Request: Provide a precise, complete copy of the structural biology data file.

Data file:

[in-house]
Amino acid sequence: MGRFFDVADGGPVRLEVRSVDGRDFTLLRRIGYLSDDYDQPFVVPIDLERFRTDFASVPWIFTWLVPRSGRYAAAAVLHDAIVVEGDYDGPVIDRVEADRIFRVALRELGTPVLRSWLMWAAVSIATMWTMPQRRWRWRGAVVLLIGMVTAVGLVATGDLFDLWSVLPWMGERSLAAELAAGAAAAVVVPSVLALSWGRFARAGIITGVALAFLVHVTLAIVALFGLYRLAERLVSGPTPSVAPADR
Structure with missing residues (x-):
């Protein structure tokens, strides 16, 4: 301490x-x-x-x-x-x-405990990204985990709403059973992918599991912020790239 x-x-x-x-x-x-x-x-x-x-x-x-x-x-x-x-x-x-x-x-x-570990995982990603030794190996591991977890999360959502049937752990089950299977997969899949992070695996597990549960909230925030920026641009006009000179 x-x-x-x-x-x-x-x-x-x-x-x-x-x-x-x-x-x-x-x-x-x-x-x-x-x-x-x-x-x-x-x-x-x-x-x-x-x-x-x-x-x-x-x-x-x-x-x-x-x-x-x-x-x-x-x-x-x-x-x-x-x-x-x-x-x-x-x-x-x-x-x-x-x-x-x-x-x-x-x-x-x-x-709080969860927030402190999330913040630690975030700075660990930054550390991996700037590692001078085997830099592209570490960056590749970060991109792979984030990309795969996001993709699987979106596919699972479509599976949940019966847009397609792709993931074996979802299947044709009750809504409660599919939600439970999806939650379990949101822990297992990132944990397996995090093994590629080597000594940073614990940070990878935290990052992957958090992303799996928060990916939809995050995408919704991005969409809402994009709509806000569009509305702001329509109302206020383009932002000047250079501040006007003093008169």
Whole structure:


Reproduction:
[in-house]
Amino acid sequence: MGRFFDVADGGPVRLEVRSVDGRDFTLLRRIGYLSDDYDQPFVVPIDLERFRTDFASVPWIFTWLVPRSGRYAAAAVLHDAIVVEGDYDGPVIDRVEADRIFRVALRELGTPVLRSWLMWAAVSIATMWTMPQRRWRWRGAVVLLIGMVTAVGLVATGDLFDLWSVLPWMGERSLAAELAAGAAAAVVVPSVLALSWGRFARAGIITGVALAFLVHVTLAIVALFGLYRLAERLVSGPTPSVAPADR
Structure with missing residues (x-):
């Protein structure tokens, strides 16, 4: 301490x-x-x-x-x-x-405990990204985990709403059973992918599991912020790239 x-x-x-x-x-x-x-x-x-x-x-x-x-x-x-x-x-x-x-x-x-570990995982990603030794190996591991977890999360959502049937752990089950299977997969899949992070695996597990549960909230925030920026641009006009000179 x-x-x-x-x-x-x-x-x-x-x-x-x-x-x-x-x-x-x-x-x-x-x-x-x-x-x-x-x-x-x-x-x-x-x-x-x-x-x-x-x-x-x-x-x-x-x-x-x-x-x-x-x-x-x-x-x-x-x-x-x-x-x-x-x-x-x-x-x-x-x-x-x-x-x-x-x-x-x-x-x-x-x-709080969860927030402190999330913040630690975030700075660990930054550390991996700037590692001078085997830099592209570490960056590749970060991109792979984030990309795969996001993709699987979106596919699972479509599976949940019966847009397609792709993931074996979802299947044709009750809504409660599919939600439970999806939650379990949101822990297992990132944990397996995090093994590629080597000594940073614990940070990878935290990052992957958090992303799996928060990916939809995050995408919704991005969409809402994009709509806000569009509305702001329509109302206020383009932002000047250079501040006007003093008169």
Whole structure: